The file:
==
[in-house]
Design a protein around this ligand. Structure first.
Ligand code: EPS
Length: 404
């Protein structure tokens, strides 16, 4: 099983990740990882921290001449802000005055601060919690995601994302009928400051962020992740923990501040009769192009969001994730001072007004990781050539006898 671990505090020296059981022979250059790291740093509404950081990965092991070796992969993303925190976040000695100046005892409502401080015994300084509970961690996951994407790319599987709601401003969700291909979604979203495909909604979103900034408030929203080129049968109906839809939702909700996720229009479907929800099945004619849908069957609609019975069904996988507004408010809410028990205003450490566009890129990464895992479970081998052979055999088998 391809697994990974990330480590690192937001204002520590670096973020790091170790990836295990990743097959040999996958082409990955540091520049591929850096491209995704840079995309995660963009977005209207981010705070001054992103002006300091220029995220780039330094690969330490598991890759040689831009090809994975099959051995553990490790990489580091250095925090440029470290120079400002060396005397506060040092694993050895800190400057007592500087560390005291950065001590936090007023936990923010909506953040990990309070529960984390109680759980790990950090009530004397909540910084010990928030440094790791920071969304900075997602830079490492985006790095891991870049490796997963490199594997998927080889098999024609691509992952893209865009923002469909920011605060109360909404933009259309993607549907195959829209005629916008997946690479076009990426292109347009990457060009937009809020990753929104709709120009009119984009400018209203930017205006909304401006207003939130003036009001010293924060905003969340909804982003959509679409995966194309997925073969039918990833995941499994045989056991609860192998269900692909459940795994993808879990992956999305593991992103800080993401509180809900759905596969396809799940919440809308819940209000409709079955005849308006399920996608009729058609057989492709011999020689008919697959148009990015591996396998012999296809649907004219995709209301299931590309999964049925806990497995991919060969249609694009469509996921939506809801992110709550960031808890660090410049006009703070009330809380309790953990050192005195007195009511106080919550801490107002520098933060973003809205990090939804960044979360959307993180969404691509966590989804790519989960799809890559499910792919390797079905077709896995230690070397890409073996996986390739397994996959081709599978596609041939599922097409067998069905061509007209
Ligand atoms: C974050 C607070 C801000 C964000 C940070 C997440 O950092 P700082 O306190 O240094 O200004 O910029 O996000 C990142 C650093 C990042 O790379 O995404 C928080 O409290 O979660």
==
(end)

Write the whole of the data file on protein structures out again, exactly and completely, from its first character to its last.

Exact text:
[in-house]
Design a protein around this ligand. Structure first.
Ligand code: EPS
Length: 404
């Protein structure tokens, strides 16, 4: 099983990740990882921290001449802000005055601060919690995601994302009928400051962020992740923990501040009769192009969001994730001072007004990781050539006898 671990505090020296059981022979250059790291740093509404950081990965092991070796992969993303925190976040000695100046005892409502401080015994300084509970961690996951994407790319599987709601401003969700291909979604979203495909909604979103900034408030929203080129049968109906839809939702909700996720229009479907929800099945004619849908069957609609019975069904996988507004408010809410028990205003450490566009890129990464895992479970081998052979055999088998 391809697994990974990330480590690192937001204002520590670096973020790091170790990836295990990743097959040999996958082409990955540091520049591929850096491209995704840079995309995660963009977005209207981010705070001054992103002006300091220029995220780039330094690969330490598991890759040689831009090809994975099959051995553990490790990489580091250095925090440029470290120079400002060396005397506060040092694993050895800190400057007592500087560390005291950065001590936090007023936990923010909506953040990990309070529960984390109680759980790990950090009530004397909540910084010990928030440094790791920071969304900075997602830079490492985006790095891991870049490796997963490199594997998927080889098999024609691509992952893209865009923002469909920011605060109360909404933009259309993607549907195959829209005629916008997946690479076009990426292109347009990457060009937009809020990753929104709709120009009119984009400018209203930017205006909304401006207003939130003036009001010293924060905003969340909804982003959509679409995966194309997925073969039918990833995941499994045989056991609860192998269900692909459940795994993808879990992956999305593991992103800080993401509180809900759905596969396809799940919440809308819940209000409709079955005849308006399920996608009729058609057989492709011999020689008919697959148009990015591996396998012999296809649907004219995709209301299931590309999964049925806990497995991919060969249609694009469509996921939506809801992110709550960031808890660090410049006009703070009330809380309790953990050192005195007195009511106080919550801490107002520098933060973003809205990090939804960044979360959307993180969404691509966590989804790519989960799809890559499910792919390797079905077709896995230690070397890409073996996986390739397994996959081709599978596609041939599922097409067998069905061509007209
Ligand atoms: C974050 C607070 C801000 C964000 C940070 C997440 O950092 P700082 O306190 O240094 O200004 O910029 O996000 C990142 C650093 C990042 O790379 O995404 C928080 O409290 O979660």